Those in leadership roles know what I’m talking about. House or School Monitors, who have had the courage of their convictions to uphold the School’s values and expectations, even if it risks making them unpopular with their peers. So too, those of you who have stood up to a bully, or called out racism, or refused to blindly turn away or passively accept something you know isn’t right. That all takes courage.
Our courage is most often challenged when we are forced to react. Making a tackle, fronting a bully, saying no to something illicit; the risk is immediate. The choice confronts us and we have to react, make an instant call.
But there is another type of courage, the smaller, less immediately threatening sort. That is the choice to proactively step beyond where you are comfortable, without being forced too. And those small opportunities for courage present themselves daily.
Like the sixty-one Fourth Formers who competed for their Houses in House Drama last week. I watched you with great respect. Some were known performers, but most were simply ordinary pupils willing to take a risk. People brave enough to put aside their natural fears of being embarrassed or laughed at, to have a go for their House.
Mark Twain once said, “Courage is not the lack of fear, it is the acting in spite of it.”
He meant acting in the wider sense of course, but on the Routh and Cobham stages last week, I thought that quote was pretty accurate.
It is no easy thing to stand on a stage and perform, especially if acting is not your passion. It’s amazing how self-conscious even the most confident person can feel when standing in front of an audience. Think how you felt during House Song, and you were in a crowd. Each of those Fourth Formers could just as easily have kept their head down when their House Parent called for volunteers. Yet they exercised a small but significant act of courage and for that, I commend each of them.
Those same small acts of courage offer themselves every day in a thousand ways in this School. We also enjoyed the superb Scholars Recital concert last week, where even seasoned performers took risks in selecting risky pieces to play. One wrong note and their credibility as a scholar was threatened, yet they pushed themselves.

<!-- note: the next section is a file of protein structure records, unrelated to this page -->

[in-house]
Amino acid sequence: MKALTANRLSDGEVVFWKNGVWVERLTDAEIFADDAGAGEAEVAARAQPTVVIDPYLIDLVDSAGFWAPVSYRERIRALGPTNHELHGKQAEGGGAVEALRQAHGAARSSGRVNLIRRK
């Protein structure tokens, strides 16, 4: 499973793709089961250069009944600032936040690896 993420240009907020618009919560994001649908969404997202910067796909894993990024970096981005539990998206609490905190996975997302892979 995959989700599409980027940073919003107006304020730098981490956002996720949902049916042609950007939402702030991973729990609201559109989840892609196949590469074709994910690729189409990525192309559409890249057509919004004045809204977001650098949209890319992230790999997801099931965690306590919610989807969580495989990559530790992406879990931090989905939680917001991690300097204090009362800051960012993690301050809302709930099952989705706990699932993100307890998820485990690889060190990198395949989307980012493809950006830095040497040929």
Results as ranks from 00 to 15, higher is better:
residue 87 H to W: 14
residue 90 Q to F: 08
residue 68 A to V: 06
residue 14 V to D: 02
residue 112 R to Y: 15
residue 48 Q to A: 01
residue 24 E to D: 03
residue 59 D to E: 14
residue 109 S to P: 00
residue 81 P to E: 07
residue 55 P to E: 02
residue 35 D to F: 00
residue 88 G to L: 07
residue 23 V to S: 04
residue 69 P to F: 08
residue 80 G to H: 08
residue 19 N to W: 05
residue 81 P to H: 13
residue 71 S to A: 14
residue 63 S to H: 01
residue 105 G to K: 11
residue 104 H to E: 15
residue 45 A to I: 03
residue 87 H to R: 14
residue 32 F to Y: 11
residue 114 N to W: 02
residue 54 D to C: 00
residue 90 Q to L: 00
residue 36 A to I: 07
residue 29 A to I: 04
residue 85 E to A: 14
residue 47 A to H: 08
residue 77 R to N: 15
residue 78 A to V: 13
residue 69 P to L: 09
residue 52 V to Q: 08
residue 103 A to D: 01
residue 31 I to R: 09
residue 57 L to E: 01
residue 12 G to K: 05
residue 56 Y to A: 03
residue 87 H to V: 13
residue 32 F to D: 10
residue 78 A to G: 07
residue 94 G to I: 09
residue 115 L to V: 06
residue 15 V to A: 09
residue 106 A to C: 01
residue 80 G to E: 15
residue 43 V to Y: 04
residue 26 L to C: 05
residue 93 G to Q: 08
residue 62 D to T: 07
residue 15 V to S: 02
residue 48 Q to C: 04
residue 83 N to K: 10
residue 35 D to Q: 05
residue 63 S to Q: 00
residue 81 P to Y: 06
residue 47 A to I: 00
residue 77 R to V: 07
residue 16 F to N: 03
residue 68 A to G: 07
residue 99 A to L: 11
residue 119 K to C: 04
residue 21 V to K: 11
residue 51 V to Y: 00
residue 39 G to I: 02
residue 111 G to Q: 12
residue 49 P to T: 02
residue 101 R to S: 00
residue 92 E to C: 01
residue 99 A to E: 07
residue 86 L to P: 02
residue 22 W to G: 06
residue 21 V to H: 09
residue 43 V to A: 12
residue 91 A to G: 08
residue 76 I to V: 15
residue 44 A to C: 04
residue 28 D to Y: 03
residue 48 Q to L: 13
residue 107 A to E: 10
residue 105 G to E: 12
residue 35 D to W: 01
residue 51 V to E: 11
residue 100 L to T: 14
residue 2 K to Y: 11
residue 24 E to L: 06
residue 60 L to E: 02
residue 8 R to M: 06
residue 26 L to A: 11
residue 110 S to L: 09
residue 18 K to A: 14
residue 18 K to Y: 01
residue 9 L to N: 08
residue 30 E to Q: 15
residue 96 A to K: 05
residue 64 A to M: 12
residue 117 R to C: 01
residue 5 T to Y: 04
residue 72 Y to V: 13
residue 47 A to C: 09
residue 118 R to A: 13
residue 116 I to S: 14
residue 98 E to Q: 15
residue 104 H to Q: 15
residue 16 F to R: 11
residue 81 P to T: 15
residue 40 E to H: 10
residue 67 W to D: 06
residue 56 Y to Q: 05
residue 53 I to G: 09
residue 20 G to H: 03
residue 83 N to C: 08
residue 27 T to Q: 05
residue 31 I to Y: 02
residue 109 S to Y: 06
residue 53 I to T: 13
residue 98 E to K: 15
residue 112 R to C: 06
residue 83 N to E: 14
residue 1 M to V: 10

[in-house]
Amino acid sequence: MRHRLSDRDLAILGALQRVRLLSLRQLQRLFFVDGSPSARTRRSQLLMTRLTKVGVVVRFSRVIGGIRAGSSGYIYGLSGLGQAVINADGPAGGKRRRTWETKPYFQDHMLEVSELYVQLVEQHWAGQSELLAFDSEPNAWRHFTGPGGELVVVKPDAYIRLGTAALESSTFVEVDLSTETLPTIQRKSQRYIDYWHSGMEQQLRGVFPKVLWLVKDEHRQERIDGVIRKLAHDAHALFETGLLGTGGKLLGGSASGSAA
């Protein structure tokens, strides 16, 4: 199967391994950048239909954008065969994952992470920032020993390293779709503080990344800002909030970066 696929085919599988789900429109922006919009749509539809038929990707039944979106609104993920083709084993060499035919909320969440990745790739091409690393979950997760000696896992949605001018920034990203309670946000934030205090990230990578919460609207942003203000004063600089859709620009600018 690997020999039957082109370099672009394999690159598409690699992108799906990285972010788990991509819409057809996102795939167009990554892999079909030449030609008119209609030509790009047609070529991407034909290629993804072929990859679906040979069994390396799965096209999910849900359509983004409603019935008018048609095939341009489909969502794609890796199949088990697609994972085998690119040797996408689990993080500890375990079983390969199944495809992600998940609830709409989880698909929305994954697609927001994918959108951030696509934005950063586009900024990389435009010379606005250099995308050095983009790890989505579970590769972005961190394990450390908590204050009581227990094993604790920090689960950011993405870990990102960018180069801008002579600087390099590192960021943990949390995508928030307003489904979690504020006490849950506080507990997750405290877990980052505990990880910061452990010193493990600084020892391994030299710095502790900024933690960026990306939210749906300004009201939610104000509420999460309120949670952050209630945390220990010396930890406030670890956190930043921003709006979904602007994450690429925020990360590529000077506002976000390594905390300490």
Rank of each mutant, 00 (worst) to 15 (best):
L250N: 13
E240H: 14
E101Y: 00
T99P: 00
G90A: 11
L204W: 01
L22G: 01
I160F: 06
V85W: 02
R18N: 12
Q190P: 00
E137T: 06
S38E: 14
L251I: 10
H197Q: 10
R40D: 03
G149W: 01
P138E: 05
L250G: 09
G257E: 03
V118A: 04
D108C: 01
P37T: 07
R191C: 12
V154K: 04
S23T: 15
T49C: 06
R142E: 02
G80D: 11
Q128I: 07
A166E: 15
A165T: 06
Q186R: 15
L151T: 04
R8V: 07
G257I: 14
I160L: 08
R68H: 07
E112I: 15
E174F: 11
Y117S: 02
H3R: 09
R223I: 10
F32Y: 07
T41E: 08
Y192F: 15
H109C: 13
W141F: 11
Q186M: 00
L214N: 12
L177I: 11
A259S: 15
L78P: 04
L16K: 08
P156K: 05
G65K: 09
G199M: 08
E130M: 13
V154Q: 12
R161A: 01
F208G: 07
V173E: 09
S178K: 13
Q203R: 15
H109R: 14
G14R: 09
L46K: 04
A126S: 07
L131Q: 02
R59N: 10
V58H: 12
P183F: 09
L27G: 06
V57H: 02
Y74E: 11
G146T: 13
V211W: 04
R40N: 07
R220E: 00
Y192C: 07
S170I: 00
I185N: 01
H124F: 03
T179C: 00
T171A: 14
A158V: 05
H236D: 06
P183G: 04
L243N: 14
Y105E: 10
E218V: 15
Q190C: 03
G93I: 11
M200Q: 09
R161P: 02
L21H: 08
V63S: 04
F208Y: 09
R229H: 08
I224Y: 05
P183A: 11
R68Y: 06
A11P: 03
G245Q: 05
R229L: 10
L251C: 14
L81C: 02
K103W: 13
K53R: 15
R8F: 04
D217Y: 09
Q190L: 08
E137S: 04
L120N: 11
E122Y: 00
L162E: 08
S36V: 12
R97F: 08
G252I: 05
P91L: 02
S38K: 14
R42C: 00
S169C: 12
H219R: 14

Many seniors will debate for their Houses today, even though they may not be natural public speakers. That takes courage.
There are those amongst you who are naturally introverted, who don’t like the spotlight in a class, yet who force themselves to ask questions or offer answers because they know that’s what they must do to achieve their academic goals. That takes courage.
So to each of you, at the start of another busy Bromsgrove week, I say look to take the chances you will get to be courageous in your choices and respect others when they do the same.
To acknowledge the end result of those courageous and entertaining performances then, the excellent adjudication of Mr Dinnen saw a special Award to Dan Goodwin, Best Actor Awards to Kiera Hughes and Frankie Mellor, and Runner Up House Award to Oakley.
This morning I would like to re-present the ultimate award, that for Best Play, to Hazeldene and I invite the Hazeldene Drama Captain to receive the trophy.
On Friday we held our largest invitational swimming relays to date. 86 teams competed for the titles. Bromsgrove competed well making all finals. However, the performance of the day has to go to the Senior Boys in the 4 x 50m freestyle relay where we won gold.
I would like to invite the team forward to collect their medals and trophy.
Yesterday we hosted the West Midland netball finals, with our teams having qualified in all three age groups. The U16’s played well but did not progress from the group stage where they finished third. The U14’s won their group, but unfortunately lost in the semi-final to a strong Wrekin College team. The U18’s won their group and semi-final, before going on to beat Wrekin College 18-10 in the final. Which means they have been crowned West Midlands Champions and I would like to invite the team forward to collect their medals and the trophy.
House Table Tennis:
Senior Boys' competition
3rd place – School House
2nd place – Wendron Gordon
1st place – Housman Hall
3rd place – School House
2nd place – Lyttelton
1st place – Housman Hall
Senior Girls' Competition
3rd place – Thomas Cookes
2nd place – Hazeldene
1st place – Housman Hall
3rd place – Hazeldene
2nd place – Mary Windsor
1st place – Housman Hall
A clean sweep for Housman Hall and I invite the captains forward to collect their trophies.
Last Thursday, we enjoyed the annual Music Scholars’ Recital. A thoroughly enjoyable concert thanks to the quality of our scholars and the fabulous acoustic of the Concert Hall. My congratulations to the performers, each of whom thoroughly deserves their title.
A very even block fixture for the footballers against Clifton College; 3 wins each and a draw. An impressive 5 goals to Dan Meredith was a highlight of the day.
There were very good wins for the U15A, U14A and U14B teams in the matches against Millfield.
There was a reduced programme of matches against Trent College due to our teams competing in the West Midlands Finals. Out of the remaining 7 matches that were played, the School won an impressive 6.